2. Beware of the power of your sub-conscious mind and any potential lurking evil within it that tries to sabotage your race.
One of the greatest marathoners in the world in the 1950s was American Buddy Edelen, who at the peak of his career held the world record. Edelen was a middle-distance man in his college years but set his sights on the marathon when he moved to England to be train upwards of 120+ miles per week while he worked as a school teacher. Edelen’s marathon debut was disastrous, however. Despite pitch-perfect preparation, Edelen inexeplicably decided to wolf down a can of sardines the morning of the race—-an act that could only be described as a weird experiment, considering it was something he reportedly had never done before either training or a race. The result? Severe stomach problems forced him to DNF. Per a little post-implosion (and explosion) analysis of the mystery as to why Edelen ate the sardines was that some internal fear-based demon motivated the dietary selection of small, oily fish.
In the 1999 Hawaii Ironman, Canadian Peter Reid—the night before bike check-in, was staring at his rig in a state of near hypnosis and decided—another inexplicable decision—to change the position of his saddle. A minor tweak but one that proved an utter shock to his body during the 112-mile wind-blasted bike ride. Reid finished second and after the race talked curiously about what prompted him to make such a weird, rookie mistake—actually changing a deeply dialed in bike position for a reason he couldn’t fathom when he talked about the after-math of his power-zapped day on the Queen K.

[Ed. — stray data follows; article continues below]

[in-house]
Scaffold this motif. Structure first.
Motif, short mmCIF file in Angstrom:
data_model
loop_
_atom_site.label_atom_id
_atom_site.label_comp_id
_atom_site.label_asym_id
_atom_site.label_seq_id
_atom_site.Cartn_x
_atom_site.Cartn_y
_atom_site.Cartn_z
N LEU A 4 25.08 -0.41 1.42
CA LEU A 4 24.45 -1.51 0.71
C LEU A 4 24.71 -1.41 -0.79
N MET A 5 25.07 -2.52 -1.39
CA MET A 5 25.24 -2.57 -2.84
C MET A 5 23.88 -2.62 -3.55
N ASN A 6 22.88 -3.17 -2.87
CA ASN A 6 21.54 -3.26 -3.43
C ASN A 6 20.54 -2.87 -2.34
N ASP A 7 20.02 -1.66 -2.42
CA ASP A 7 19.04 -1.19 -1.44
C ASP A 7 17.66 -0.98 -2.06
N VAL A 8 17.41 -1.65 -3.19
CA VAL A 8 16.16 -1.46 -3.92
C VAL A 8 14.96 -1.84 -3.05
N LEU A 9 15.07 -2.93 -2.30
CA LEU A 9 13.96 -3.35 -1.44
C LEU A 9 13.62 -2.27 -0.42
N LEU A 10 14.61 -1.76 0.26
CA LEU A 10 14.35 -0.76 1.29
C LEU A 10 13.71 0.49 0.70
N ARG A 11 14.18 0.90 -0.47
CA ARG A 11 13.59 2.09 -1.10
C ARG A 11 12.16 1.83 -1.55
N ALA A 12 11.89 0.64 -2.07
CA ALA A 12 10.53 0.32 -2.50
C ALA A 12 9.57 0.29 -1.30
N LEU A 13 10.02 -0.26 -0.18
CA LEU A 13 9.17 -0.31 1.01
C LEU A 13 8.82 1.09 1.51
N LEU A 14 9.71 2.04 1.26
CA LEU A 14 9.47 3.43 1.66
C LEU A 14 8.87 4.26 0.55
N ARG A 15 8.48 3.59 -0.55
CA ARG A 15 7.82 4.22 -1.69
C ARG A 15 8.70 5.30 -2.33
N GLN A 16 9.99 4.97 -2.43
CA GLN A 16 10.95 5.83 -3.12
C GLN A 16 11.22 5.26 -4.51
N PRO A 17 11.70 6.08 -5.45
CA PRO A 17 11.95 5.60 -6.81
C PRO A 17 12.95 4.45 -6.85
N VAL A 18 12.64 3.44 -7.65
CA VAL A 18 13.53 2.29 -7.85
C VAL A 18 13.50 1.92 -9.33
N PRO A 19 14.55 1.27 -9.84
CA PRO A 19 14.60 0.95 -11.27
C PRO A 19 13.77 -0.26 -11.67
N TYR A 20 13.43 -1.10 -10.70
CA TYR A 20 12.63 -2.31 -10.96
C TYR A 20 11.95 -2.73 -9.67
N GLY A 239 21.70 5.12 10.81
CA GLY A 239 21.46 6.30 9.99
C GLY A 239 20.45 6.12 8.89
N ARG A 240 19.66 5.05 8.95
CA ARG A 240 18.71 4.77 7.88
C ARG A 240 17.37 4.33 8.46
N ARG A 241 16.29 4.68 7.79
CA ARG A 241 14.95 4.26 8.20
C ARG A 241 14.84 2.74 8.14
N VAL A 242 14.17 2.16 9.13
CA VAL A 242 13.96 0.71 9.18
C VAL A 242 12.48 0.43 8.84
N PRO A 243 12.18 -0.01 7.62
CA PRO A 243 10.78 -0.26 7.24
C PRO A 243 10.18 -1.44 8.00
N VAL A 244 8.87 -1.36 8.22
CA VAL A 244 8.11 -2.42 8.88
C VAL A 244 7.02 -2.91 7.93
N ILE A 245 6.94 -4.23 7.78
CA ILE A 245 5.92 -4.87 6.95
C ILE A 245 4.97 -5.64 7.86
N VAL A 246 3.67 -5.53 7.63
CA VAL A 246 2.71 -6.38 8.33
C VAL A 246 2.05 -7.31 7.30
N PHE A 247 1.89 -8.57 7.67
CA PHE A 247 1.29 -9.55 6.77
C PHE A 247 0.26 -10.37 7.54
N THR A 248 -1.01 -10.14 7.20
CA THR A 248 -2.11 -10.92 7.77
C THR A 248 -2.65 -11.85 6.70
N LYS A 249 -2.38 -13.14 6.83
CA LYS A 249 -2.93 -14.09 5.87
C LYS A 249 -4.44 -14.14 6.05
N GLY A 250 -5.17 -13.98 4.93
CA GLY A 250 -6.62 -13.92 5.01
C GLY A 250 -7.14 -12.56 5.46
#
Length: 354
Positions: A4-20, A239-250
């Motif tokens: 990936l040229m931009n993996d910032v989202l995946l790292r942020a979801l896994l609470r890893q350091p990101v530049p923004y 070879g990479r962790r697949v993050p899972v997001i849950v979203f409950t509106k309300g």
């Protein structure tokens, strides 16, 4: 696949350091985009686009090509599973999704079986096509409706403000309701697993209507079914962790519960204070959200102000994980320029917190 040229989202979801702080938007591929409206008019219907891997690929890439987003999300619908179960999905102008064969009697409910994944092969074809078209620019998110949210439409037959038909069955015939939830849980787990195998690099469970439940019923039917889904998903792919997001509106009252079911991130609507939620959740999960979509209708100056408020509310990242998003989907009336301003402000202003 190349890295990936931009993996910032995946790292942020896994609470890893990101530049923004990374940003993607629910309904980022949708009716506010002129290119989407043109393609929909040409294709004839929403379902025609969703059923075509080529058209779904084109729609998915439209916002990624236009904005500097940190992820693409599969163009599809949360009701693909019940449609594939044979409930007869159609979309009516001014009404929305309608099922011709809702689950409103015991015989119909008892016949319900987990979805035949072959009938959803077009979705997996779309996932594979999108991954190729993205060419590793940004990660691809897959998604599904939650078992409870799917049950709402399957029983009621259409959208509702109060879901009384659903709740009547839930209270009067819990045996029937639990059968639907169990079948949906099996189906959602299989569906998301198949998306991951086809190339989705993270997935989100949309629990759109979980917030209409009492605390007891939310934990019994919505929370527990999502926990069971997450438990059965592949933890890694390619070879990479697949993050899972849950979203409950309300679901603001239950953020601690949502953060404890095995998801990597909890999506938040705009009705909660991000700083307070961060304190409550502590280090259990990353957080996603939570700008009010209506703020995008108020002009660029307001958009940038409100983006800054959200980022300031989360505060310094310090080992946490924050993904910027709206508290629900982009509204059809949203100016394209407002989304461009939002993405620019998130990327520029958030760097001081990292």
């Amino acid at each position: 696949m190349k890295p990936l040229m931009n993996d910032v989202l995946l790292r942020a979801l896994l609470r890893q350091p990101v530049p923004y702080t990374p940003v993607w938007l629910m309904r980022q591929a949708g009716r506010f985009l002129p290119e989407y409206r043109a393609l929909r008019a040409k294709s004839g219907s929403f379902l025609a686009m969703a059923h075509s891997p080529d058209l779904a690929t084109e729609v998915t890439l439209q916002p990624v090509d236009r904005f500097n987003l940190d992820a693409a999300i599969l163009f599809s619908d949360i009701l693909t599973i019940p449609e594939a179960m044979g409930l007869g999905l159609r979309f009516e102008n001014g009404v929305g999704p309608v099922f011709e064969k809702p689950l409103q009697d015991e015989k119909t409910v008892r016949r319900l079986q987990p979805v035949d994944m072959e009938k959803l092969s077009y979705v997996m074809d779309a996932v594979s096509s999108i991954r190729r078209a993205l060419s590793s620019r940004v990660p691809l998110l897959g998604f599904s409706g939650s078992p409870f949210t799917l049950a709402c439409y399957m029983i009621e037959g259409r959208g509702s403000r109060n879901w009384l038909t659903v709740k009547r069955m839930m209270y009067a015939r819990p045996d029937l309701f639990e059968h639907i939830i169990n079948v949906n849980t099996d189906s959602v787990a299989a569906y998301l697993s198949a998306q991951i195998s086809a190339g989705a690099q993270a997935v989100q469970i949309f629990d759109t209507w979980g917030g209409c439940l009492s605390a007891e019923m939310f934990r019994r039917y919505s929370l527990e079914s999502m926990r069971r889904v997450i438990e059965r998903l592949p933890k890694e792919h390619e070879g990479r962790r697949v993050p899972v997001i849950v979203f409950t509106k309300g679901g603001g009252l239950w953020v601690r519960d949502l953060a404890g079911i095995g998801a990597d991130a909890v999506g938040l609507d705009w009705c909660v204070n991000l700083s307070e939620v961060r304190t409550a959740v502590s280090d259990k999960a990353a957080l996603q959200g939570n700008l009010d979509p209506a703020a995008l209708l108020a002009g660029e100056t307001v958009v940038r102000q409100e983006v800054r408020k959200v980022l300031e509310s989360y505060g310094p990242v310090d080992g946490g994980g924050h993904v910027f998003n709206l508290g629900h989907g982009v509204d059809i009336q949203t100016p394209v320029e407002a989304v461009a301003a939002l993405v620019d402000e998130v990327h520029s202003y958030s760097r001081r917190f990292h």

The lesson: Stay tuned to any/all actions you make in the final hours before the race. Watch out for the demons that aren’t thrilled about you spending the better part of your day in extremes.